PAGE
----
Titin and ryanodine receptor antibodies in myasthenia gravis

  title={Titin and ryanodine receptor antibodies in myasthenia gravis},
  author={Geir Olve Skeie and Johan A. Aarli and Nils Erik Gilhus},
  journal={Acta Neurologica Scandinavica},
Some myasthenia gravis (MG) patients have antibodies against skeletal muscle antigens in addition to the acetylcholine receptor (AChR). Two major antigens for non‐AchR antibodies in MG are the Ca2+ release channel of the sarcoplasmic reticulum, the ryanodine receptor (RyR) and titin, a gigantic filamentous muscle protein essential for muscle structure, function and development. RyR and titin antibodies are found mainly in thymoma MG patients and in a few late‐onset MG patients and correlate… 
Autoantibodies in different forms of myasthenia gravis and in the Lambert-Eaton syndrome.
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  • Biology, Medicine
    Handbook of clinical neurology
  • 2008
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The progress made toward the development of novel sensitive autoantibody detection assays, the identification of new MG autoantigens, and the implications for improved antigen-specific therapeutics are presented.
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This work reviews the different methods for detection of various antibodies involved in MG and their sensitivity and specificity and suggests how to adapt the existing therapies to the requirements of each patient.
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    Expert review of neurotherapeutics
  • 2009
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Three distinct immune mechanisms that describe both the B cell- and autoantibody-mediated pathogenesis of Myasthenia gravis are highlighted by comparing AChR and MuSK MG subtypes.
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Polygenic disease associations in thymomatous myasthenia gravis.
Specific combinations of allelic variants individually associated with MG synergize in predisposing to thymomatous MG and MG with titin antibodies, which seems to be the most important determinant of disease.
Compromised fidelity of B‐cell tolerance checkpoints in AChR and MuSK myasthenia gravis
One aspect not previously described is whether defects in central and peripheral tolerance checkpoints, which allow autoreactive B cells to accumulate in the naive repertoire, are found in both or either form of MG.
Myasthenia gravis-specific aberrant neuromuscular gene expression by medullary thymic epithelial cells in thymoma
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Ryanodine receptor antibodies in myasthenia gravis: Epitope mapping and effect on calcium release in vitro
The data suggest that the Ry1 sequence defined by residues 799–1172 is involved in the regulation of Ry1 function, and that this regulation could be functionally affected in vivo in patients with myasthenia gravis.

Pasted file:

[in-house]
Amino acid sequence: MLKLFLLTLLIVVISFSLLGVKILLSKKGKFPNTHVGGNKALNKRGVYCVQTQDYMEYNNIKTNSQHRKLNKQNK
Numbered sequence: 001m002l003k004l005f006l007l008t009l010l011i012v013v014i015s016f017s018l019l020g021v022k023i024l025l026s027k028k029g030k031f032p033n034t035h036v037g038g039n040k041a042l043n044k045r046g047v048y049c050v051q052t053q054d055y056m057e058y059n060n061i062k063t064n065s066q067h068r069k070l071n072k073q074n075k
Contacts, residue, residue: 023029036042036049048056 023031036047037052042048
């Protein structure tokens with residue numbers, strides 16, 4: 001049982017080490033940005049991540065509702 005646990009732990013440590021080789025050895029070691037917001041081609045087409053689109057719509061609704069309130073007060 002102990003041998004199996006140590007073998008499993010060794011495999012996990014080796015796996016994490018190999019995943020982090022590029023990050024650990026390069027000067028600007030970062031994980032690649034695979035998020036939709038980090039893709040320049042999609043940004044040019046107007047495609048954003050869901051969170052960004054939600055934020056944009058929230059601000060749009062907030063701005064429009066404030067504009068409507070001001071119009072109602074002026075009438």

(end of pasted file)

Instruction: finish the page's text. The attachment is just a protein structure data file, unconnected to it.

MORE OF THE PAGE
Striational autoantibodies in myasthenia gravis patients recognize I-band titin epitopes
Ryanodine receptor antibodies are associated with severe myasthenia gravis
The presence of RyR‐antibodies in thymoma patients is associated with a more severe disease and can be used as a prognostic marker.
Myasthenia gravis sera containing antiryanodine receptor antibodies inhibit binding of [3H]‐ryanodine to sacroplasmic reticulum
Results show that RyR antibodies in MG patients have high affinity for the RyR, and that the binding of antibodies probably affects calcium release from SR by locking theRyR ion channel in a closed position.
Ryanodine receptor antibodies related to severity of thymoma associated myasthenia gravis.
The presence of circulating RyR antibodies seems to be associated with a severe form of thymoma associated myasthenia gravis, which is a calcium release channel involved in the mechanism of excitation-contraction coupling in striations.
Anti-ryanodine receptor antibodies and FK506 in myasthenia gravis
In a preliminary open trial with FK506, immunosuppressant and enhancer of RyR-related sarcoplasmic calcium release, the authors observed the sustained benefits in anti-RyR-positive MG patients.
Muscle autoantibodies in subgroups of myasthenia gravis patients
No single muscle antibody assay can predict a thymoma, and a combination of several antibody assays is preferred, although RyR antibody testing alone showed 70% sensitivity and specificity forThymoma MG.
Spontaneous thymoma rat as a model for myasthenic weakness caused by anti‐ryanodine receptor antibodies
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Ryanodine receptor autoantibodies in myasthenia gravis patients with a thymoma
Sera from patients with myasthenia gravis and a thymoma had IgG autoantibodies to the calcium release channel of the sarcoplasmic reticulum (the ryanodine receptor), which plays a crucial role in the mechanism of excitation‐contraction coupling in striated muscle.
Titin antibodies in patients with late onset myasthenia gravis: clinical correlations.
The presence of circulating titin antibodies in late-onset non-thymoma MG patients indicates a more severe disease.